Thereports that 70% of primary care physicians are reporting declines in patient volume of 50% or more since March, and 40% have laid off or furloughed staff. The AAFP has joined other primary care and insurance groups .
“This is absolutely essential to effectively treat patients today and to maintain their ongoing operations until we overcome this public health emergency,” the groups wrote.
One easy way to help keep primary care doctors afloat would be to pay them not according to what they do, but in a lump sum to keep patients healthy. This move from fee-for-service to what’s known as capitation or value-based care has unfolded gradually and was championed in the Affordable Care Act.
But some experts argue it needs to happen more quickly and they predict that the coronavirus pandemic could finally mark the beginning of the end for doctors who still charge for each service individually. Dr. Mostashari, who spends his time helping doctors make the transition, said in times like these, it would make more sense for primary care doctors to have “a steady monthly revenue stream, and [the doctor] can decide the best way to deliver that care: unlimited texts, phone calls, video calls. The goal is to give you satisfactory outcomes and a great patient experience.”
Still, many physicians, particularly those in solo or small practices, worry about the potential financial risk – especially the possibility of getting paid less if they don’t meet certain benchmarks that the doctors may not be able to directly control.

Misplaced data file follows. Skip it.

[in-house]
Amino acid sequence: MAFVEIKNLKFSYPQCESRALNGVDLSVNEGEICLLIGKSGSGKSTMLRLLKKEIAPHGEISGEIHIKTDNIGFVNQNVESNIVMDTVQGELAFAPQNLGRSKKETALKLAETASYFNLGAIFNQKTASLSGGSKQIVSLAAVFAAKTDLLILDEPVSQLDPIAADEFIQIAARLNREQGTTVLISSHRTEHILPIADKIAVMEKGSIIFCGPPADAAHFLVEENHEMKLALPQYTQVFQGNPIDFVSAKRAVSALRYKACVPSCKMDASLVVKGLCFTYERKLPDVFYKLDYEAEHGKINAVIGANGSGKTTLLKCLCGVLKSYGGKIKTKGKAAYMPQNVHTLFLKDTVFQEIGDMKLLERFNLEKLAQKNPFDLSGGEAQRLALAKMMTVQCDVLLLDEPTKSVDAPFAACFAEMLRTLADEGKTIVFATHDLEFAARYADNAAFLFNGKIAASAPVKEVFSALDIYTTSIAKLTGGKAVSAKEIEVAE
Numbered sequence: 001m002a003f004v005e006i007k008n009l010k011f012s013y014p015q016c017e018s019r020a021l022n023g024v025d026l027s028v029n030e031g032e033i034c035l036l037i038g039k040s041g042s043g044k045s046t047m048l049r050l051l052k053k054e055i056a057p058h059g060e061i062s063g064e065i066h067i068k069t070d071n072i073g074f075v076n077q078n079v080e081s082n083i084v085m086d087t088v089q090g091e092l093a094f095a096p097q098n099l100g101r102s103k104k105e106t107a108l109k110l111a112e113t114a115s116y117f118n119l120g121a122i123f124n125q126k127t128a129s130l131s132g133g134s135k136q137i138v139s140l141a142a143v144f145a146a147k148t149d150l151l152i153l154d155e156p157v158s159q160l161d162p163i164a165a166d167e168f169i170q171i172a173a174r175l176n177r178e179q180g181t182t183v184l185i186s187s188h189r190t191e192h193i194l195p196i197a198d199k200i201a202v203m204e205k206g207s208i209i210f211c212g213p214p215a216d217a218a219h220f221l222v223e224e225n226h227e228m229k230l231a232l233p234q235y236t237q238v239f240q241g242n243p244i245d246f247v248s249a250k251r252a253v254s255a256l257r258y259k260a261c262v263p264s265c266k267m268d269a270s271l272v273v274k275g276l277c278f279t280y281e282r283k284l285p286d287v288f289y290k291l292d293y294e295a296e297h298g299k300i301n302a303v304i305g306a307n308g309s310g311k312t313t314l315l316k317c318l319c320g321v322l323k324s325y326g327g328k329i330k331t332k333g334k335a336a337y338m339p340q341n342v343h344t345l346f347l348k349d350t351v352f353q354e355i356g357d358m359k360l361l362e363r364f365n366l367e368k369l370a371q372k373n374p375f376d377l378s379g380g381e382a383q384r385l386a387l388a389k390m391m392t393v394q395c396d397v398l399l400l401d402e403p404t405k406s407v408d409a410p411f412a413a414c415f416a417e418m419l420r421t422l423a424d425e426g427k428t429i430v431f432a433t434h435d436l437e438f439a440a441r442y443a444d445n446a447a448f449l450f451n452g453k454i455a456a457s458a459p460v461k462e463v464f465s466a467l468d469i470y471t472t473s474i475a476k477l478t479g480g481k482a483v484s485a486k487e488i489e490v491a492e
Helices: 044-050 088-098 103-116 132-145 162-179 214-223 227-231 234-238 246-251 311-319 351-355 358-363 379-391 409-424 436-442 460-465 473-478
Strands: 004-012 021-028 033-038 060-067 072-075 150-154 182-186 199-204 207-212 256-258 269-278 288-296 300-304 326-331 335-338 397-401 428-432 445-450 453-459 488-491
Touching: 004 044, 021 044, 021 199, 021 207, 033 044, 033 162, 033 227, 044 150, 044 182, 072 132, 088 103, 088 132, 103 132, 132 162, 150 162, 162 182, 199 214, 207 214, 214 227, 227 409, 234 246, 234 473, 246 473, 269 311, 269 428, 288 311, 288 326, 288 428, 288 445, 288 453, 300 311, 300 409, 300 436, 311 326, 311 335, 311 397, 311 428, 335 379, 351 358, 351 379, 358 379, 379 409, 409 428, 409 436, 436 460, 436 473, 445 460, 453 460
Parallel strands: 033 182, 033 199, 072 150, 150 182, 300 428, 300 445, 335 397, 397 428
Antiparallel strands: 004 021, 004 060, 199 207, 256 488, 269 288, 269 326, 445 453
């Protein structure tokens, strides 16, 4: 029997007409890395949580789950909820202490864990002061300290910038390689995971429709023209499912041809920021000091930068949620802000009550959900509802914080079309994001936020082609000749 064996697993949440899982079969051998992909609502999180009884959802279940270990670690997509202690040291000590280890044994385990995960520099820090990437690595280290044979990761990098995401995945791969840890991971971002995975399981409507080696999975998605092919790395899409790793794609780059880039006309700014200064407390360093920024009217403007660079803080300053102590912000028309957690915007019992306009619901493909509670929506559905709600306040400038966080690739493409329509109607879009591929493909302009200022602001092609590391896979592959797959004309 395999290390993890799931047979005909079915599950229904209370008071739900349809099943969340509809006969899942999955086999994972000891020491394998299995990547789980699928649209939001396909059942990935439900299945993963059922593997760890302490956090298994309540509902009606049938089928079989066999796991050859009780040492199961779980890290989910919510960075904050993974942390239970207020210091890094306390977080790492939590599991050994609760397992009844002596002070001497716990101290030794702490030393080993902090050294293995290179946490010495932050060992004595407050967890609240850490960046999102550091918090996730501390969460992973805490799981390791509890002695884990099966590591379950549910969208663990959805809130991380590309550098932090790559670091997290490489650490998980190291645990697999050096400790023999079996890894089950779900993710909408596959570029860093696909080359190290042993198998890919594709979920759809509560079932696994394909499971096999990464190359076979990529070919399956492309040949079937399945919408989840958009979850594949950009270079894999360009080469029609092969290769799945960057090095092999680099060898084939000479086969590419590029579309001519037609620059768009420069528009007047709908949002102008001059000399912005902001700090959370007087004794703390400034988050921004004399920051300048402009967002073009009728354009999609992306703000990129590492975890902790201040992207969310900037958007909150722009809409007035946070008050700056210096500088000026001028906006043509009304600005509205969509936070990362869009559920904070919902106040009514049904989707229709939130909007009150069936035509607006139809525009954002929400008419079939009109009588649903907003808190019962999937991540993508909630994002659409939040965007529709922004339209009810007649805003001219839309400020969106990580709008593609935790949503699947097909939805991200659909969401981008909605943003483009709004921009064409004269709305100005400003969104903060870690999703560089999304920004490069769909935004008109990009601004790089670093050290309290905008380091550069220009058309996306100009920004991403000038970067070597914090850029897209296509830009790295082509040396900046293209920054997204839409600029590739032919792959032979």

But with many practices now ground to a halt, or just starting to reopen, those physicians who get paid per patient rather than per service are in a much better position to stay afloat. That model may gain traction as doctors ponder the next pandemic, or the next wave of this one.
Hospitals on the decline?
The pandemic also might lead to less emphasis on hospital-based care. While hospitals in many parts of the country have obviously been full of very sick COVID patients, they have closed down other nonemergency services to preserve supplies and resources to fight the pandemic. People with other ailments have stayed away in droves even when services were available, for fear of catching something worse than what they already have.
Many experts predict that care won’t just snap back when the current emergency wanes. Mark Smith, MD, former president of the California Health Care Foundation, said among consumers, a switch has been flipped. “Overnight it seems we’ve gone from high-touch to no-touch.”
Which is not great for hospitals that have spent millions trying to attract patients to their labor-and-delivery units, orthopedic centers, and other parts of the facility that once generated lots of income.
Even more concerning is that hospitals’ ability to weather the current financial shock varies widely. Thoseare in rural and underserved areas, where patients could wind up with even less access to care that is scarce already.
All of which underscores the point that not all these changes will necessarily be good for the health system or society. Financial pressures could end up driving more consolidation, which could push up prices as large groups of hospitals and doctors gain more bargaining clout.
But the changes are definitely happening at a pace few have ever seen, said Ms. Wilensky, “When you’re forced to find different ways of doing things, and you find out they are easier and more efficient, it’s going to be hard to go back to the old way.”
A version of this article originally appeared onwhich is a nonprofit national health policy . It is an editorially independent program of the Henry J. Kaiser Family Foundation that is not affiliated with Kaiser Permanente.